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It’s the age of workaholics where professionals tend to focus heavily on being productive, sacrificing leisure and sleep in the process.
But did you know that poor sleep has a negative impact on your productivity? That feeling of exhaustion becomes difficult to manage over time, resulting in reduced attentiveness and increased chances of errors.
Poor sleep is good for neither your physical health nor your workplace health. In fact, being sleep deprived for extended periods of time can lead to severe health consequences. Not to mention how it hampers your ability to make decisions. Unless you take charge of the matter and get enough sleep, these problems will continue to cascade into bigger ones.
So, we’ve created this guide to help you understand how sleep and productivity are related. The steps to better sleep and improved job performance are just a scroll away.
It’s been known for ages that poor sleep only leads to unfavorable consequences in terms of health and productivity. And even though many are aware of this, chronic sleep deprivation has become something of an epidemic in the current age.
The reason for this is simple: the times demand that the average person remain competitive and keep up with the advancing society. Work hours can last upwards of 40 hours a week, which is not factoring overtime. With overtime in the equation, the number of work hours can reach anywhere from 45 to 60 hours a week.
Exhausting work hours in a vacuum can be fine in a sense, so long as the workers receive ample sleep to ward off fatigue. Unfortunately, that is not a common occurrence, as balancing home life and professional schedule is often not a feasible possibility.
Misinformation and lack of awareness lead to beliefs like skipping sleep to get some work done. Not only does this result in inadequate sleep, but it also hurts your productivity and job performance. And when this happens, the only solution to improving your productivity is to find enough sleep.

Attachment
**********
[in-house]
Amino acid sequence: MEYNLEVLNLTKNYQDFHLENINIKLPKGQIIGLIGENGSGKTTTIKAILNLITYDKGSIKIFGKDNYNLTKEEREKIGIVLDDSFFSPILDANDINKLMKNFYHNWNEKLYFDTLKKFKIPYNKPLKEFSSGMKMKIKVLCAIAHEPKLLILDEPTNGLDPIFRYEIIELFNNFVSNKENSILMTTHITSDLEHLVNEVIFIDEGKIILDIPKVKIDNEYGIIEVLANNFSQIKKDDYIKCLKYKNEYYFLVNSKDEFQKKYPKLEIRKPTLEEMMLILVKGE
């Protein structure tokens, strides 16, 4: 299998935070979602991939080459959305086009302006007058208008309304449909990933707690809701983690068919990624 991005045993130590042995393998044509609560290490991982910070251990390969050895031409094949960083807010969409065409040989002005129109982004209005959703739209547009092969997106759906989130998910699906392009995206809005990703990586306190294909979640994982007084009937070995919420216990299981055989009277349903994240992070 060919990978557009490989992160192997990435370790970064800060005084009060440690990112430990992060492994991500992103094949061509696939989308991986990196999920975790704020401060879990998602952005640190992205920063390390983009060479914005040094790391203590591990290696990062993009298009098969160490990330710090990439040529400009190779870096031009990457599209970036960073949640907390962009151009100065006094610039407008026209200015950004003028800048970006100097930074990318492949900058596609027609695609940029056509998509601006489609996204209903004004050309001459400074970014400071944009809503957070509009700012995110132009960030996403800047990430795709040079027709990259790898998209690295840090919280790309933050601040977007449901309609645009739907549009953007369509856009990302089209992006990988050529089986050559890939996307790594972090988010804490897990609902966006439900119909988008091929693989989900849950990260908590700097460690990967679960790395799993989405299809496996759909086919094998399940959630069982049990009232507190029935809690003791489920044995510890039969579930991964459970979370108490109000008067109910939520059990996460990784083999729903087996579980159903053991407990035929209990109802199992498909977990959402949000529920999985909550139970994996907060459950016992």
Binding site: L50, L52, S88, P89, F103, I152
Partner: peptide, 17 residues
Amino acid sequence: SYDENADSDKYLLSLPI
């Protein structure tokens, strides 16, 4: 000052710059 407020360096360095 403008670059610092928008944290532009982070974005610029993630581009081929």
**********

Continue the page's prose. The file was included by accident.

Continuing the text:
Sleep deprivation born of working habits can cause a myriad of health and productivity-related issues, including but not limited to:
When sleep specialists use the term “poor sleep”, they are usually referring to two specific factors. There are two primary barriers that negatively affect your productivity, namely sleep deprivation and inconsistent or irregular sleep.
Inadequate sleep fundamentally affects the sleep architecture that your body follows. Since sleep occurs in two distinct modes that repeat continuously, it’s important that your slumber isn’t interrupted prematurely.
These sleep modes are REM (Rapid Eye Movement) Sleep and NREM (Non-Rapid Eye Movement) Sleep. The former is responsible for retaining memory and emotional information, while the latter plays the important role of cell repair and toxic waste management.
If your REM sleep is disturbed, your body will repeatedly attempt to begin this sleep mode. This is what is known as a “recovery” state, which doesn’t last as long in a sleep-deprived state as it should. As a result, you may find yourself being more irritable and anxious.